BOSTON, Mass. (WWLP) – The Massachusetts Senate voted 29-11 in favor of freezing the state income tax rate to pay for a tax break that benefits the working poor.
The Massachusetts Senate is taking up a $38 billion spending plan for the fiscal year that begins July 1. They tackled tax policies during the first day of budget debate. Both Democrats and Republicans want to expand the state’s Earned Income Tax Credit that benefits lower wage-earning, working families by reducing the amount of taxes they owe based on income and family size. Recipients of the tax credit would see their benefits increase from $315 to $470 dollars each year. Defying a voter-mandated tax cut, the Senate voted to freeze the state income tax rate at 5.15 percent to pay for the program. Massachusetts voters approved a ballot question in 2000 to roll back the state income tax rate all the way to five percent. That plan came up short of its goal in 2002 when lawmakers passed a tax increase package.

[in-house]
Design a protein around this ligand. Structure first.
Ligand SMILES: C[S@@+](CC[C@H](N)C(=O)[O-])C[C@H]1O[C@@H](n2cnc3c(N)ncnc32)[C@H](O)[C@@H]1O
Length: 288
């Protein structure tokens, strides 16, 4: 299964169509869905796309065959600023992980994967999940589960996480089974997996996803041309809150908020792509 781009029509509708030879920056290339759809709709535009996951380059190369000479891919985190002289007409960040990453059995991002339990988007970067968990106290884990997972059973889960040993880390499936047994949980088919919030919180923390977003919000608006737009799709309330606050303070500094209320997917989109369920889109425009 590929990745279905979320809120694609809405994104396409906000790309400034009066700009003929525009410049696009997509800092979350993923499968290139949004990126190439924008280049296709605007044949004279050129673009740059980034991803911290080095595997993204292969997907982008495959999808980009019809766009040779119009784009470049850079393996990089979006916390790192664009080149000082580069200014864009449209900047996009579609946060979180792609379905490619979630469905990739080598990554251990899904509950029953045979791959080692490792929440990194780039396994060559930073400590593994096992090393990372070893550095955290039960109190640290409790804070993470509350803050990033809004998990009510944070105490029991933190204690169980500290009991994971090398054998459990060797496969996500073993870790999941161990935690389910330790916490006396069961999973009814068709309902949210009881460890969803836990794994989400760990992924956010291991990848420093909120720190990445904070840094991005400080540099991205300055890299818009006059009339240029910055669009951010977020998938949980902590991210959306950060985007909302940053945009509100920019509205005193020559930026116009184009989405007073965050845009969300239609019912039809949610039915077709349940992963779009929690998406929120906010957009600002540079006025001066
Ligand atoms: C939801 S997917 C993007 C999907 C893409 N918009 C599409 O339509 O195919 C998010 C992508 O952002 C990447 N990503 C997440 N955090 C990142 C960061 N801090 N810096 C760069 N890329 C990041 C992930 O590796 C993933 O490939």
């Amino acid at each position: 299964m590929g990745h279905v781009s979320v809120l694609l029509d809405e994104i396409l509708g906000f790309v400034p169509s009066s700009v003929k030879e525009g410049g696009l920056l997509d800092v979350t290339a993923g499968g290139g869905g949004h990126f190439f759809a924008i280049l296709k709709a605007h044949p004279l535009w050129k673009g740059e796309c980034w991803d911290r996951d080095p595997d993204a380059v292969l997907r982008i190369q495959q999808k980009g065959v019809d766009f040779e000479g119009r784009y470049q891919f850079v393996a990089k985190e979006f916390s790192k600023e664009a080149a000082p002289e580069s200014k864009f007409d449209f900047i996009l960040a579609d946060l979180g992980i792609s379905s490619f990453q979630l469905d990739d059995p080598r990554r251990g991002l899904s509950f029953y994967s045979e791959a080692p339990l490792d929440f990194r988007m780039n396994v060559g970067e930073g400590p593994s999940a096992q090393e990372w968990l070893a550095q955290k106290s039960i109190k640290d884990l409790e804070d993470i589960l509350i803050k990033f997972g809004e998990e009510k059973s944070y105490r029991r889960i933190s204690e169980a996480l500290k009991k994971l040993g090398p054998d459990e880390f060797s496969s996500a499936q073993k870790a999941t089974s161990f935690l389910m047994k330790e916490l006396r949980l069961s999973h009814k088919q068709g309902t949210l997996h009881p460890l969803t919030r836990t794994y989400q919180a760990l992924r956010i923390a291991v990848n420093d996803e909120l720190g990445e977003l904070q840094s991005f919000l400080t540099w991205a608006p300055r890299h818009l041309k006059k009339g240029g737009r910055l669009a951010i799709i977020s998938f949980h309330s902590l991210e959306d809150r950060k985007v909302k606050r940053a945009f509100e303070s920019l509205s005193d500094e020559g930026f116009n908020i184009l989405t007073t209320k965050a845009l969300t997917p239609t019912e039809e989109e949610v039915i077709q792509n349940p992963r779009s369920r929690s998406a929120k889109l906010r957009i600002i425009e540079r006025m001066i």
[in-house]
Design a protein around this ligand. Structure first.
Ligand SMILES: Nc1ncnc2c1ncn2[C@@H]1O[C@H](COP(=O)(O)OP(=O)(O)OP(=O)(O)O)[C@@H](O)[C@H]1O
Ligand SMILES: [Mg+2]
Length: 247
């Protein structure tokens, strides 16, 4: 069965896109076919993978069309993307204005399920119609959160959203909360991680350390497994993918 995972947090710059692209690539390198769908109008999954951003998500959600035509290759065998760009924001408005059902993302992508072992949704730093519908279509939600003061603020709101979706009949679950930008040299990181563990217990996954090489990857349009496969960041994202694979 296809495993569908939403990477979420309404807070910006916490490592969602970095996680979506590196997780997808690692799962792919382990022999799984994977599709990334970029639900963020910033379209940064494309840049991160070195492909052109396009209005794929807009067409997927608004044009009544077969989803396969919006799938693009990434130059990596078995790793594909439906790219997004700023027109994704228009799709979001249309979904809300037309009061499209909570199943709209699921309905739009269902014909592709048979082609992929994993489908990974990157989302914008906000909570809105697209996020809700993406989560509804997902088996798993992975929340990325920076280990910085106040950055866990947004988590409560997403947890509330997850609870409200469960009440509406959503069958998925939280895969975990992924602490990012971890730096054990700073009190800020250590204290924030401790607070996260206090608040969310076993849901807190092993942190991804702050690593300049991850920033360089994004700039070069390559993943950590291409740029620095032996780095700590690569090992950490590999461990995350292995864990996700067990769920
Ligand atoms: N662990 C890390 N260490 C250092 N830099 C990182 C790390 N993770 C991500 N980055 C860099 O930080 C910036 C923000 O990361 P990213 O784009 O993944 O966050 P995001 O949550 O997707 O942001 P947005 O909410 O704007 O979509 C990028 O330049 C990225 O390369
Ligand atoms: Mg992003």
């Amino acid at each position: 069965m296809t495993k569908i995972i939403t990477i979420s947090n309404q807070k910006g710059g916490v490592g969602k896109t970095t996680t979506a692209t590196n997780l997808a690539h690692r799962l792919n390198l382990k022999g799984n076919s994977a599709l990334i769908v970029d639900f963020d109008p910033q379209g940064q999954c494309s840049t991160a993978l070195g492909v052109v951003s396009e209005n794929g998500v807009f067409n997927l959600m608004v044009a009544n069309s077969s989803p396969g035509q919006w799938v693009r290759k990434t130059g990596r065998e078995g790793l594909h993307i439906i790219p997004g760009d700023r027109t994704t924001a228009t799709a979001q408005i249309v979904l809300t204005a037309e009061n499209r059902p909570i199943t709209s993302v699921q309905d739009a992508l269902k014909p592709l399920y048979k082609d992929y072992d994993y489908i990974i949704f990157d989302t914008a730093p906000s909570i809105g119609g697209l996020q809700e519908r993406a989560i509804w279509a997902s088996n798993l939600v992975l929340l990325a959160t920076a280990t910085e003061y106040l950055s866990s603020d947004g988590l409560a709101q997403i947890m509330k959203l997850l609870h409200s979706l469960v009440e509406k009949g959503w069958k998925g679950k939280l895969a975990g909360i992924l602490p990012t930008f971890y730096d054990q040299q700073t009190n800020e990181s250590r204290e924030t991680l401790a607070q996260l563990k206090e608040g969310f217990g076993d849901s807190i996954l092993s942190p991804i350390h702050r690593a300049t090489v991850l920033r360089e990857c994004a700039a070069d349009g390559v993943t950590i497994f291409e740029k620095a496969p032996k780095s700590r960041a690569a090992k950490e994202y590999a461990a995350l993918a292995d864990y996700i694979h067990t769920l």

West Springfield State Senator Jim Welch told 22News “we’ve gotten very close, we’re at 5.15 percent. (Reporter: But that’s not what the voters asked for.) Well, I would say that the voters voted on that in 2000 and as much as we want to live by what the voters have requested, we have rolled back that income tax.”
Senate Republicans voted against the state income tax rate freeze. They believe the state will have enough revenue in the future to pay for the Earned Income Tax Credit. The Senate still needs to win support from the House to advance the measure. The House did not include any new tax policies in their budget.